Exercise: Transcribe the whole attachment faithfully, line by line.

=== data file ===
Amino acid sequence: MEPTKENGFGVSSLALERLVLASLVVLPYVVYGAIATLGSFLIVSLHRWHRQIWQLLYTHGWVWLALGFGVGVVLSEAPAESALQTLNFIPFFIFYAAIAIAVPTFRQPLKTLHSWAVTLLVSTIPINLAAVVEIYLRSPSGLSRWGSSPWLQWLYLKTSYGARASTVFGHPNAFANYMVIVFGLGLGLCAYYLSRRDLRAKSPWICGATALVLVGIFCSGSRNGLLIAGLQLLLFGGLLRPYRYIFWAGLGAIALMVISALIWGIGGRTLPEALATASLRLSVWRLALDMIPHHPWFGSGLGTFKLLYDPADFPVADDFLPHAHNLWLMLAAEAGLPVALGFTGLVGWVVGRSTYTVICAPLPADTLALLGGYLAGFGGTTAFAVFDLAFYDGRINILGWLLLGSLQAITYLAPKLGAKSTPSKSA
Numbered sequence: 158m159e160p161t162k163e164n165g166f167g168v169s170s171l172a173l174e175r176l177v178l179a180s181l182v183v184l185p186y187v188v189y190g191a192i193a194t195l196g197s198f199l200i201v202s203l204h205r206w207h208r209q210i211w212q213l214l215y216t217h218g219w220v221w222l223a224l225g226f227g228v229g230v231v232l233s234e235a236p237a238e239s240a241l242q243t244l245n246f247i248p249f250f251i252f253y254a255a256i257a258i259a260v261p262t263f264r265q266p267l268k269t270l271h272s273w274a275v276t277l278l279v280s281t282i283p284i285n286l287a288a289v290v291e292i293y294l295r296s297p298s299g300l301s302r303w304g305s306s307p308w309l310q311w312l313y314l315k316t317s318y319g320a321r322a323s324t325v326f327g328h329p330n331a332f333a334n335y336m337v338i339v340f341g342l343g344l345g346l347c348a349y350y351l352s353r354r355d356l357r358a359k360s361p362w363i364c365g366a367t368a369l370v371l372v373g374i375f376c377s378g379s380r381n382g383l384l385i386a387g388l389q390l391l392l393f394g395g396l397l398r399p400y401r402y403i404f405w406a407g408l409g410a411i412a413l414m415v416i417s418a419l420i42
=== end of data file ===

Amino acid sequence: MEPTKENGFGVSSLALERLVLASLVVLPYVVYGAIATLGSFLIVSLHRWHRQIWQLLYTHGWVWLALGFGVGVVLSEAPAESALQTLNFIPFFIFYAAIAIAVPTFRQPLKTLHSWAVTLLVSTIPINLAAVVEIYLRSPSGLSRWGSSPWLQWLYLKTSYGARASTVFGHPNAFANYMVIVFGLGLGLCAYYLSRRDLRAKSPWICGATALVLVGIFCSGSRNGLLIAGLQLLLFGGLLRPYRYIFWAGLGAIALMVISALIWGIGGRTLPEALATASLRLSVWRLALDMIPHHPWFGSGLGTFKLLYDPADFPVADDFLPHAHNLWLMLAAEAGLPVALGFTGLVGWVVGRSTYTVICAPLPADTLALLGGYLAGFGGTTAFAVFDLAFYDGRINILGWLLLGSLQAITYLAPKLGAKSTPSKSA
Numbered sequence: 158m159e160p161t162k163e164n165g166f167g168v169s170s171l172a173l174e175r176l177v178l179a180s181l182v183v184l185p186y187v188v189y190g191a192i193a194t195l196g197s198f199l200i201v202s203l204h205r206w207h208r209q210i211w212q213l214l215y216t217h218g219w220v221w222l223a224l225g226f227g228v229g230v231v232l233s234e235a236p237a238e239s240a241l242q243t244l245n246f247i248p249f250f251i252f253y254a255a256i257a258i259a260v261p262t263f264r265q266p267l268k269t270l271h272s273w274a275v276t277l278l279v280s281t282i283p284i285n286l287a288a289v290v291e292i293y294l295r296s297p298s299g300l301s302r303w304g305s306s307p308w309l310q311w312l313y314l315k316t317s318y319g320a321r322a323s324t325v326f327g328h329p330n331a332f333a334n335y336m337v338i339v340f341g342l343g344l345g346l347c348a349y350y351l352s353r354r355d356l357r358a359k360s361p362w363i364c365g366a367t368a369l370v371l372v373g374i375f376c377s378g379s380r381n382g383l384l385i386a387g388l389q390l391l392l393f394g395g396l397l398r399p400y401r402y403i404f405w406a407g408l409g410a411i412a413l414m415v416i417s418a419l420i42